Higher Education Quick Takes

Quick Takes

September 1, 2016

The Center for Excellence in Higher Education, a chain of for-profit colleges, is suing the Department of Education after it was blocked from converting to nonprofit status. 

The Utah-based organization alleges in a lawsuit filed in federal district court that it was the victim of a political agenda and that the department's decision was arbitrary, capricious and inconsistent with precedent.

Converting to nonprofit status would free the chain of having to comply with the so-called 90-10 rule -- which dictates that for-profits can take in no more than 90 percent of revenue from Title IV federal student aid -- as well as new gainful employment regulations targeted at the for-profit sector. The New York Times first reported the lawsuit. 

In announcing the decision to block the nonprofit conversion in August, Education Secretary John King said the decision should serve as a warning to other for-profits looking to dodge oversight by switching tax status. 

September 1, 2016

Today on the Academic Minute: Mary Caton-Rosser, Associate Professor of Mass Communication at Black Hills State University, explores what this means for students and professors as they adapt to a changing world. Learn more about the Academic Minute here.

August 31, 2016

Hillary Clinton this week unveiled her proposals to improve mental health services in the United States, and several parts of the plan (which did not have full details on how things would work) focus on colleges and their students. Clinton's plan would:

  • Have the federal government encourage every college to have adequate mental health services for students. In addition, the proposal would provide support for "under-resourced schools that serve a disproportionate number of low- and middle-income students and communities of color."
  • Provide federal support ($50 million) for groups working on suicide prevention at colleges. "Hillary believes that every college campus should have a comprehensive strategy to prevent suicide, including counseling, training for personnel, and policies that enable students to take leave for mental health," the plan says.
  • Direct the Departments of Education and Health and Human Services to work with colleges "to ensure that students of color and LGBT students are receiving adequate mental health coverage."

 

August 31, 2016

Syracuse University has been criticized by some of its minority students for an increased emphasis on rankings and for scaling back involvement with the Posse Foundation, a highly regarded program to attract low-income students to colleges they might not otherwise select. New data from the university show that the percentage of minority students in the class enrolling this fall is 24 percent, down from 28 percent a year ago. The figure includes all minority groups, and those who identify with more than one racial and ethnic group. The university is pledging a series of steps to enroll more minority students. Among the steps:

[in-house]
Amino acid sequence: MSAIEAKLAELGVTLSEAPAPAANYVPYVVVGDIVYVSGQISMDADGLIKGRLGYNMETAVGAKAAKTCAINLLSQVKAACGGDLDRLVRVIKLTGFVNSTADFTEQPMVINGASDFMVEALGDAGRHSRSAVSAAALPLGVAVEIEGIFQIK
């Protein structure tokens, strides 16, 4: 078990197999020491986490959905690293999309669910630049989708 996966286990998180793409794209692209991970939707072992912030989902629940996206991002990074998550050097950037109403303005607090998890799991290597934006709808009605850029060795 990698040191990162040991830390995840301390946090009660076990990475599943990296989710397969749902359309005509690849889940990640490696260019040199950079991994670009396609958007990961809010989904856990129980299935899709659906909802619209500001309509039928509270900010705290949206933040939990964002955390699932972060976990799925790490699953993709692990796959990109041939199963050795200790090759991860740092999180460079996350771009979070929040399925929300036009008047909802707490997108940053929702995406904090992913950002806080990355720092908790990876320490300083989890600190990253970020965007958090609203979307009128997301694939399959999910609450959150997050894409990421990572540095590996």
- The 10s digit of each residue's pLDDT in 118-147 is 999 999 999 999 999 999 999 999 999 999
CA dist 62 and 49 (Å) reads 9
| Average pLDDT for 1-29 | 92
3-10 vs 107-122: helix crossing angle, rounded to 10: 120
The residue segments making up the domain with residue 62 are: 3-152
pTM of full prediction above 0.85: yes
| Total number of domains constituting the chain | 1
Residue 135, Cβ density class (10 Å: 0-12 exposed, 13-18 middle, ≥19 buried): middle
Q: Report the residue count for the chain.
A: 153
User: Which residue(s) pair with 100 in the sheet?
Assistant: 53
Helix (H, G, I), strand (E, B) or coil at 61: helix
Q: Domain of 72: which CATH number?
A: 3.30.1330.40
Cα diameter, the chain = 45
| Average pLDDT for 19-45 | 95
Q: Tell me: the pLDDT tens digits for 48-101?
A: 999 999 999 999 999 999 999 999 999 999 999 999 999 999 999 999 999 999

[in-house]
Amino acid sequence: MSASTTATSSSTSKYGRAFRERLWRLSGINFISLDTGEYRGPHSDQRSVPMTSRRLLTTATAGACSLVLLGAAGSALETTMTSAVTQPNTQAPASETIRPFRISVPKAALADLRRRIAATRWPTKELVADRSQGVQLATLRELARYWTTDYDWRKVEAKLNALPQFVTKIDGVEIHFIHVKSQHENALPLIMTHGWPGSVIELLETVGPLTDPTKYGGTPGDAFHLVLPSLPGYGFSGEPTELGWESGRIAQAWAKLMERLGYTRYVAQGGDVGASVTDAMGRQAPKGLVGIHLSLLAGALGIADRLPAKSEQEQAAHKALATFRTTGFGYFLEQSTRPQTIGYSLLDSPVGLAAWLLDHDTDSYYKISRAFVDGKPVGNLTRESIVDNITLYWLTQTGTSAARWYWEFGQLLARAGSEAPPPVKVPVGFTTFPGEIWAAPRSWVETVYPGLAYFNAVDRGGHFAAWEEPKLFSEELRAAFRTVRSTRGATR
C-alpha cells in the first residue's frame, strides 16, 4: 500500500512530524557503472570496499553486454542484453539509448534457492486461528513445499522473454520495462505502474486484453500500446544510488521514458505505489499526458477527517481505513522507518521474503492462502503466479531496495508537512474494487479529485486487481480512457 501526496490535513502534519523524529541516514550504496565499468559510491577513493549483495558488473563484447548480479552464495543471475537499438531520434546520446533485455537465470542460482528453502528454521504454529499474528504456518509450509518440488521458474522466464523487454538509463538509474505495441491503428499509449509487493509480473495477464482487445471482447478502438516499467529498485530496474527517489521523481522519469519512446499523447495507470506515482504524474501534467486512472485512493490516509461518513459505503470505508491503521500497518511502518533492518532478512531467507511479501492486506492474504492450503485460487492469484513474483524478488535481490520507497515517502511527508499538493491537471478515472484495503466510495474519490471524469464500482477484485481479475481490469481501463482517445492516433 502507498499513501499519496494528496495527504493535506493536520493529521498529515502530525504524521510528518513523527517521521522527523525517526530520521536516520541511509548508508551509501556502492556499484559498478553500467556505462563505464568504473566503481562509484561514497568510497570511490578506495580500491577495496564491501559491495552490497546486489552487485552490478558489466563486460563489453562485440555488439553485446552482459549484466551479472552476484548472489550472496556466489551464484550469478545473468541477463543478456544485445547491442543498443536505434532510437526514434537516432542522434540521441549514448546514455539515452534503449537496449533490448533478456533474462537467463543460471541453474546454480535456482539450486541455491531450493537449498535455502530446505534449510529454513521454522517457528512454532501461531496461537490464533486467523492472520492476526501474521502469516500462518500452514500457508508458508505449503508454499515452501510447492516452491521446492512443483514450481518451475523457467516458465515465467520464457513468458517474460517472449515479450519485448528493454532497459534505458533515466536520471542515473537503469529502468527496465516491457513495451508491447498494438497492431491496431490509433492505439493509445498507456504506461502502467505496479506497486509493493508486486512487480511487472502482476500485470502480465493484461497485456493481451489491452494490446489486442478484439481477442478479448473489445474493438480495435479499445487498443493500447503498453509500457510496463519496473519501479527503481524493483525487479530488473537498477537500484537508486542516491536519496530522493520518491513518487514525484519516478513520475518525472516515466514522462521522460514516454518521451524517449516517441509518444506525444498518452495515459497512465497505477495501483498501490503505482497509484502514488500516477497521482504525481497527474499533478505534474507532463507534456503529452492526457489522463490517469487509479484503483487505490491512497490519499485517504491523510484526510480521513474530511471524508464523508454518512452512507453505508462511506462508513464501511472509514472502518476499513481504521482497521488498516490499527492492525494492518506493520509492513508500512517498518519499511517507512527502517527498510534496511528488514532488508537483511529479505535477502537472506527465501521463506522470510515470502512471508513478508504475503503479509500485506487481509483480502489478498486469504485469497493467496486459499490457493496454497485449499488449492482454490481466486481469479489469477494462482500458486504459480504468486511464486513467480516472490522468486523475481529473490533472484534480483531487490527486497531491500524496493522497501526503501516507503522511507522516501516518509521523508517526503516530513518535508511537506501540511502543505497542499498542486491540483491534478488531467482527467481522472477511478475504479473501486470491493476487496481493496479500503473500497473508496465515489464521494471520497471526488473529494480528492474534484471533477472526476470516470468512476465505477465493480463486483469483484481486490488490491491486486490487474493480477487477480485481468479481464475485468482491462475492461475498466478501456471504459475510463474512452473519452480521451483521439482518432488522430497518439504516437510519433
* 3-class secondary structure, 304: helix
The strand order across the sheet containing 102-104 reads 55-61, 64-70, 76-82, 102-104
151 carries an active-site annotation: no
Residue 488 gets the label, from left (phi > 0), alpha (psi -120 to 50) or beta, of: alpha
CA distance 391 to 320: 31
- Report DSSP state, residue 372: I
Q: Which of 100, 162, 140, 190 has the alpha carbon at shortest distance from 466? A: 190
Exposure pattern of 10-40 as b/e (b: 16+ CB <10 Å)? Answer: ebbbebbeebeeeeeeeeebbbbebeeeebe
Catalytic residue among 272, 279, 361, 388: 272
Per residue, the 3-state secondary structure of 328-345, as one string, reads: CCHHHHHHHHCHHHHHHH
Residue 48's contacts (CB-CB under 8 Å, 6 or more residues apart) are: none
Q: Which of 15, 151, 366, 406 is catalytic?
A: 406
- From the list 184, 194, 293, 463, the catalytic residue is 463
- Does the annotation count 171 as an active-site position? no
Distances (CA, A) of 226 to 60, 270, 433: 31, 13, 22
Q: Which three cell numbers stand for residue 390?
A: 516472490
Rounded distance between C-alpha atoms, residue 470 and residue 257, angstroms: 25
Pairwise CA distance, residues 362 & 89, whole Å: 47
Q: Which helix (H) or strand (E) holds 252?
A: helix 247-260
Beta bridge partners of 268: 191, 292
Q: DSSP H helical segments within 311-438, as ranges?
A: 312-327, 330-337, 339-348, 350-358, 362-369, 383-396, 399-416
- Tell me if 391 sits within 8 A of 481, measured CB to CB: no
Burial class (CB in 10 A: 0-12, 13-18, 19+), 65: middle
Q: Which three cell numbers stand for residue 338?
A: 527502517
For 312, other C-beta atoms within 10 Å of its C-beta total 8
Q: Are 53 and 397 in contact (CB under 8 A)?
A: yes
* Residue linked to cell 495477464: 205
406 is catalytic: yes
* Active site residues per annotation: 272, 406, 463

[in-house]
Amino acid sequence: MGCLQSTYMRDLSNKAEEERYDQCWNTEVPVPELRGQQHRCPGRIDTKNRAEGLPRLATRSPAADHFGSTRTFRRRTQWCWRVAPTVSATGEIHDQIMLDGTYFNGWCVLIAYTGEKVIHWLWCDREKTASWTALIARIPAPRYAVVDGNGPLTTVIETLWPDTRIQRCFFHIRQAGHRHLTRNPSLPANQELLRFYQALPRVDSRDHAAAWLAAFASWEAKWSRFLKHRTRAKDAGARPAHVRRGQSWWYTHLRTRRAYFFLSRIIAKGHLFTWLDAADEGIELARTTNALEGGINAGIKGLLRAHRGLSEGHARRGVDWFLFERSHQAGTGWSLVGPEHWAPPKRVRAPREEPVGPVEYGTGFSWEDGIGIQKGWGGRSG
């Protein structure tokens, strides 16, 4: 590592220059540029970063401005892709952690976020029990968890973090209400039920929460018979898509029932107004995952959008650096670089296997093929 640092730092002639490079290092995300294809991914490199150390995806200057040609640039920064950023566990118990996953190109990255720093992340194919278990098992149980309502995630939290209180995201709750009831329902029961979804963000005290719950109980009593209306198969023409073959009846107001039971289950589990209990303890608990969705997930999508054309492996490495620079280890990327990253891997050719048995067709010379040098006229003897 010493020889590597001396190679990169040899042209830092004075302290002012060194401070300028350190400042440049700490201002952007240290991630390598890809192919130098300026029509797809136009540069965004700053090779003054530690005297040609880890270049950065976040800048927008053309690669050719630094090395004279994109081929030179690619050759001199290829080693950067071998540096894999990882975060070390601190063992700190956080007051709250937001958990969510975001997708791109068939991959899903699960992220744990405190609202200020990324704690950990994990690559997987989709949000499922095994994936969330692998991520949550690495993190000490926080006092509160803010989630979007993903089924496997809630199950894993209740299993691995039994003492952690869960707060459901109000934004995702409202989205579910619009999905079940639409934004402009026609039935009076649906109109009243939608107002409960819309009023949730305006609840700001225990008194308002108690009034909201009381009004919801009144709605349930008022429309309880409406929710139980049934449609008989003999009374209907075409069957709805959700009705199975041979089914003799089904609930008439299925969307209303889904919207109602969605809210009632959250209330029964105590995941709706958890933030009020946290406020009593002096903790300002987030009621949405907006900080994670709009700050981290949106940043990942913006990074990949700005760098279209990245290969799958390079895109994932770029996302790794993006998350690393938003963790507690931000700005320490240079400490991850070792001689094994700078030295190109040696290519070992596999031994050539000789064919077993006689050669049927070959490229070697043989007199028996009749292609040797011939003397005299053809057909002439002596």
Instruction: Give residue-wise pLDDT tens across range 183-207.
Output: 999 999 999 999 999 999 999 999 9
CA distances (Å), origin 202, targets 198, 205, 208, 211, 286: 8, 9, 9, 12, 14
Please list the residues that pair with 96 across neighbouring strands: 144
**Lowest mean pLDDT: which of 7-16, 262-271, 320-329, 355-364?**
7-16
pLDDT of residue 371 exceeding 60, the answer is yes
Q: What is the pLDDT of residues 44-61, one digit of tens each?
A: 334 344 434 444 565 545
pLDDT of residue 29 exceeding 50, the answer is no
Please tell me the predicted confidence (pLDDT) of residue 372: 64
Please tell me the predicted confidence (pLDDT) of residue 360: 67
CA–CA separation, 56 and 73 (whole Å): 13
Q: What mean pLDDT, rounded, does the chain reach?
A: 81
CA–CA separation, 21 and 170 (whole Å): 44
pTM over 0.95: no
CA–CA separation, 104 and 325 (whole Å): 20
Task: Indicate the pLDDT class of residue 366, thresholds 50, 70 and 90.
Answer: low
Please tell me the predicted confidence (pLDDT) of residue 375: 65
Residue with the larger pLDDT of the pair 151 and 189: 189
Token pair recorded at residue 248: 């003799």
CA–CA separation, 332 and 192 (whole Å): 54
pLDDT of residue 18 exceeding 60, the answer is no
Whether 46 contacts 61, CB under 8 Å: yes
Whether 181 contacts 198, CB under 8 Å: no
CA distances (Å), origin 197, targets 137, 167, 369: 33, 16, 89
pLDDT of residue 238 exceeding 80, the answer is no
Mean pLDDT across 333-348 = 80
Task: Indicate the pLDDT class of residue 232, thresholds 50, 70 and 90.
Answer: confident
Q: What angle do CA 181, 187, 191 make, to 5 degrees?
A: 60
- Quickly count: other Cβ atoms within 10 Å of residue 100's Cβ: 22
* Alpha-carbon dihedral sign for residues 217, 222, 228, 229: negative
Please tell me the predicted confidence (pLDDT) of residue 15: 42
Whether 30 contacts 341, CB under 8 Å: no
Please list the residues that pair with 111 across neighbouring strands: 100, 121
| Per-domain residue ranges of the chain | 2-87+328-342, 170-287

• Creating a team of four experienced recruiters focused specifically on diversity recruitment.
  • Charging all admissions staff members to prioritize recruiting a diverse student body.
  • Creating and enhancing incentive financial aid to encourage minority enrollment.

 

August 31, 2016

Felician University is investigating a possible hack of its housing director's email after a mass email was sent out denigrating black students, NorthJersey.com reported. The mass email upset many on the campus. Felician officials said that they suspect a hack because it was sent to some email lists to which the housing director does not have access, and because they don't believe the email is consistent with her views. The email, in part, complained about the attitudes of black students and said that parents wonder about whether the university has a drug problem.

August 31, 2016

Both the president and the Board of Trustees Chairman are turning over at Erskine College, suddenly leaving the Christian institution in South Carolina without top leadership just months after it was roiled by proposals to split off its seminary.

Board Chairman Ron Vigus has resigned from the role effective immediately, a college spokesman confirmed Tuesday. The resignation came as President Paul Kooistra plans to accelerate a retirement that was only recently announced. On Thursday Erskine announced that Kooistra, who started as president in August of 2014, would continue to lead the college as it carried out a six-to-18-month search for a new permanent president. But Kooistra now plans to step down no later than Oct. 31. Kooistra said in a letter he decided on the shorter time frame for personal reasons. No reason was given for the sudden change in board chair.